Like many people, I have been reading a lot of articles about the issues of ISIS returnees, which arguably became a mainstream topic after the London Times and BBC interviewed Shamima Begum. Like many there are mixed emotions about Ms Begum and her plight. Questions have come up in regards to whether she was groomed online, or whether she enthusiastically joined ISIS. I do not know the answer to that, and many commenting on this also do not know the answer.
Why people turn to terror is a very complex issue and there is no single answer. The only commonality I have seen in my reading and interviews around the subject of radicalisation and turning to terrorism, is that generally the individual in question is unsettled with themselves and their life circumstances. And that can mean many things for many people.
With regards to Shamima Begum, she was and still is a teenager. I’m not being groundbreaking here by saying that being a teenager is a difficult time for anyone. All of us have memories that can be embarrassing or in some cases shameful. It’s a time in which we start to form our identity and some of our early choices can shape our later life for good or bad. I don’t think that should give her a free pass, as she did follow her convictions through to the extreme and fly to Turkey and then made her way to Syria and joined what has arguably been one of the most brutal terrorist organisations in recent history. It is possible that she may have even participated in recruiting other young girls to follow in her footsteps. It is also possible she may have been involved with the brutal treatment of Yazidi women who were taken and kept as sex slaves for male fighters.
With all of the above it is actually hard to know what she did and did not do and to what extent that she was involved within the inner workings of ISIS. And this presents a huge legal problem as far as I can see as it will be very hard in a criminal court, without eye witness testimony and other physical evidence to prove what she did or did not do.
Does that then mean that the British government were right to strip her of her British citizenship? I do not believe they are. In fact I think that very act does a few things, it firstly plays into terrorist propaganda about how the West is deeply racist and that Muslims will never be safe or able to co-exist in the West. Secondly the government have lost any high ground with her case as they have literally washed their hands of her (pending court appeal by her family). Thirdly they have made her someone else’s problem, which has unknown repercussions, could she end up in another European country or somewhere else and be allowed to spread terrorist propaganda or worse? We have also lost an opportunity to behave like compassionate adults in this situation, by ignoring her we have lost the opportunity to challenge any extremists beliefs she may have. I also have to ask, with the world watching, what example has Britain set?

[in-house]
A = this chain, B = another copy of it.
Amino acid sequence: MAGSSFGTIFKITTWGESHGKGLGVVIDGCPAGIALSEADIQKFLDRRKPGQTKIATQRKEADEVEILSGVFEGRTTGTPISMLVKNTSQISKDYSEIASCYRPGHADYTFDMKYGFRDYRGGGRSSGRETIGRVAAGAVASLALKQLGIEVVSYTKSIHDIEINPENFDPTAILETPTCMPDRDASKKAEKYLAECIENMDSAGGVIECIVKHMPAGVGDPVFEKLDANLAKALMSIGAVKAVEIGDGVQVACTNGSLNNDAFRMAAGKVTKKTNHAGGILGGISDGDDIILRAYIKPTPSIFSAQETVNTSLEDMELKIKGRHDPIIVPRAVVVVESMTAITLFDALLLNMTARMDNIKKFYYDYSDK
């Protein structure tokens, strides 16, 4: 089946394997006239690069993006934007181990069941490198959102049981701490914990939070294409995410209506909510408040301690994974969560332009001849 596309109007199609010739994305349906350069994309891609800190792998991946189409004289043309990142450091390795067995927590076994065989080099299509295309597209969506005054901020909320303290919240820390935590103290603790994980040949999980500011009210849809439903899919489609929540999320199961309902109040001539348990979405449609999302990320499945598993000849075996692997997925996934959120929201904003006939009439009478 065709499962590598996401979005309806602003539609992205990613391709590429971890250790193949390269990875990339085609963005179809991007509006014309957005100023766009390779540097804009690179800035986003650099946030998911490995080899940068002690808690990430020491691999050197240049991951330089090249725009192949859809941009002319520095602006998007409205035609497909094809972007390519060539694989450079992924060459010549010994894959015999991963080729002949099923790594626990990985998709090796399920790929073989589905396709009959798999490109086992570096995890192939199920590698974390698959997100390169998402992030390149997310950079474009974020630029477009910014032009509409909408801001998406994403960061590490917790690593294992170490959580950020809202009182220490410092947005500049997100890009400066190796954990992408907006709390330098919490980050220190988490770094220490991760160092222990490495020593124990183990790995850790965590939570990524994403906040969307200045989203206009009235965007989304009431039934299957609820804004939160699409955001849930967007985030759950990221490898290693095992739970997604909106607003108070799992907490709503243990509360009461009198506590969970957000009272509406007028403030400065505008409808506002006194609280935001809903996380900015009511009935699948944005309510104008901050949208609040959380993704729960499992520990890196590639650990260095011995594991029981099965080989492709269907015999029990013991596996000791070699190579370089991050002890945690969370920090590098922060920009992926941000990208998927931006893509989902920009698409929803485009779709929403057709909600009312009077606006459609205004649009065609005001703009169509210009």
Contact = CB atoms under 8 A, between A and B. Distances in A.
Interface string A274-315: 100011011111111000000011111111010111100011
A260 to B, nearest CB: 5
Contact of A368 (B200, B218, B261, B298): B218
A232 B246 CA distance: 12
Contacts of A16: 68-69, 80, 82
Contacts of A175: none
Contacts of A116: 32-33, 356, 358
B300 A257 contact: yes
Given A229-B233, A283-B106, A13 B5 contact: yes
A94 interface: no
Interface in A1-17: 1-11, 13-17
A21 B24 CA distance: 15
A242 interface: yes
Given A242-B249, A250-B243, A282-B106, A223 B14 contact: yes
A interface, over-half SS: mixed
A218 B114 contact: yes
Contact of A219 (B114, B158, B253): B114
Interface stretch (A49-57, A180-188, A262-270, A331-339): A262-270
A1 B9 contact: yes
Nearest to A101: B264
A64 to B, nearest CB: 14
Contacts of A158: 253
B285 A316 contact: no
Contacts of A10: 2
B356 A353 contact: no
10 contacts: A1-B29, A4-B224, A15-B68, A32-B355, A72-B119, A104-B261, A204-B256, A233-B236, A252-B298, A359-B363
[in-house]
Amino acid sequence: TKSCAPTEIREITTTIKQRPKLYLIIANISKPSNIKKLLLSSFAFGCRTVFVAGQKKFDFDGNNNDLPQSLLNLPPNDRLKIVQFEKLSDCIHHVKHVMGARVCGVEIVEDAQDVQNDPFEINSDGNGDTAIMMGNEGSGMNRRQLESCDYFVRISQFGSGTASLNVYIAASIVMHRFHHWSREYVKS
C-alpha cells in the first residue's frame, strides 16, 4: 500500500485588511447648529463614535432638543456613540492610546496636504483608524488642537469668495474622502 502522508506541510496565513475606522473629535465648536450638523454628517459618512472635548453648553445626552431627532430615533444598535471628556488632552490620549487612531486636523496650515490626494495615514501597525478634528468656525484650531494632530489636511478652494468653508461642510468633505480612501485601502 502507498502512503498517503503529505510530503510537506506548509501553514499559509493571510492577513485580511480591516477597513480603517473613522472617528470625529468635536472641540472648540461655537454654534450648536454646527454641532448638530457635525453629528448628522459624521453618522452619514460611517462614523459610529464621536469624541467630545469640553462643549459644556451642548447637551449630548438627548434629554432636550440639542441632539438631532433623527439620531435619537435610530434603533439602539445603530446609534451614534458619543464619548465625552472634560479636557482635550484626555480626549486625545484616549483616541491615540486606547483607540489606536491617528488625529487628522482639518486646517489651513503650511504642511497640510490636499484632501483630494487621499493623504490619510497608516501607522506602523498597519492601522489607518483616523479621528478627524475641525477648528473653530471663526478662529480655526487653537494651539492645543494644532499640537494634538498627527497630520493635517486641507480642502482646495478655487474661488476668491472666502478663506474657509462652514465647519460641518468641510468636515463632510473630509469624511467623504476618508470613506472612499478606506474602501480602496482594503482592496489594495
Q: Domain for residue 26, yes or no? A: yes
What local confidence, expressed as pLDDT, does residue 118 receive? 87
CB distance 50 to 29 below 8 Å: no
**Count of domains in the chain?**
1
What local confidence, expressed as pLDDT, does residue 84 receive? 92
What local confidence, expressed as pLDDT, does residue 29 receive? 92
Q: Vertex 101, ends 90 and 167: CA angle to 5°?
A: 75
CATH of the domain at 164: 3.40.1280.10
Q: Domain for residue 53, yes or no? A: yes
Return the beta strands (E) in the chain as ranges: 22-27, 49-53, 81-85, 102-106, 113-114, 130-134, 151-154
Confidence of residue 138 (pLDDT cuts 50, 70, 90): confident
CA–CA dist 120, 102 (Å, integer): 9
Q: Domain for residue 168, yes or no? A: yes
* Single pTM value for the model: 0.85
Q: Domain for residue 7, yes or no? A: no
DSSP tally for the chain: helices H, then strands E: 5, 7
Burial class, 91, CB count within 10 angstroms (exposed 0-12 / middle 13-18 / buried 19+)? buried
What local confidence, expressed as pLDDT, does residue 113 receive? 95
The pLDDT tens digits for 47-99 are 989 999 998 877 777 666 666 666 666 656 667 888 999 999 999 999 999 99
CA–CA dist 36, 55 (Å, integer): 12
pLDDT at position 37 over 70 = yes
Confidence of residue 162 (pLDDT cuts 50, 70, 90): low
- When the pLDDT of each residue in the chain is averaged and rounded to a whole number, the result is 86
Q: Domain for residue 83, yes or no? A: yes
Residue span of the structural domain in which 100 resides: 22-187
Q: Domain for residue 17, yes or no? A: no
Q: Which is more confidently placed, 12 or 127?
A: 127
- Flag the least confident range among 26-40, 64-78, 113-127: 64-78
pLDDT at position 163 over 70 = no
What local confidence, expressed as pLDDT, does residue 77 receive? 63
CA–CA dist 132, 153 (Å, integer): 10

Another point that does deeply concern me about the conundrum of ISIS returnees is what if people manage to return and escape any justice for their actions? As I mentioned before ISIS has been involved in some of the most horrific acts of terror in the Middle East and has been linked to the 2017 terrorist attacks in Manchester, London and the many many attacks across Europe from the Charlie Hebdo attack, Bataclan terror attack and the vehicle based attacks that suddenly became popular around 2015.
Without a calm and legal focused debate, we risk allowing ISIS returnees the opportunity to get away with their crimes, go on to commit more acts of terror and use examples of the Home Office stripping peoples citizenship for their recruitment purposes.
I personally do not know the answer to this problem, but I do know there are some excellent people out there who do and have been tirelessly been working on this complex issue in government and academia for years.
if time will allow I hope to record a special or series of special podcasts on this issue. But until I do I hope you will take a moment to listen or re-listen to some of my past podcast interviews on this deeply complex and important issue around terrorist acts committed in the name of Islam, by groups with a political agenda.
The Double Bind: The Anglo American Left and the Islamic Far Right
Former CIA officer on Islam and CounterTerrorism
Salafi Jihadism: The History of an idea
The Battle For British Islam
The Rage: The vicious circle of Islamist and Far-Right extremism
Prevent, what it is and how it works
Invisible Martyrs, how and why some women turn to terrorism and are exploited
I hope you find these interviews helpful.
Thanks for listening
All the best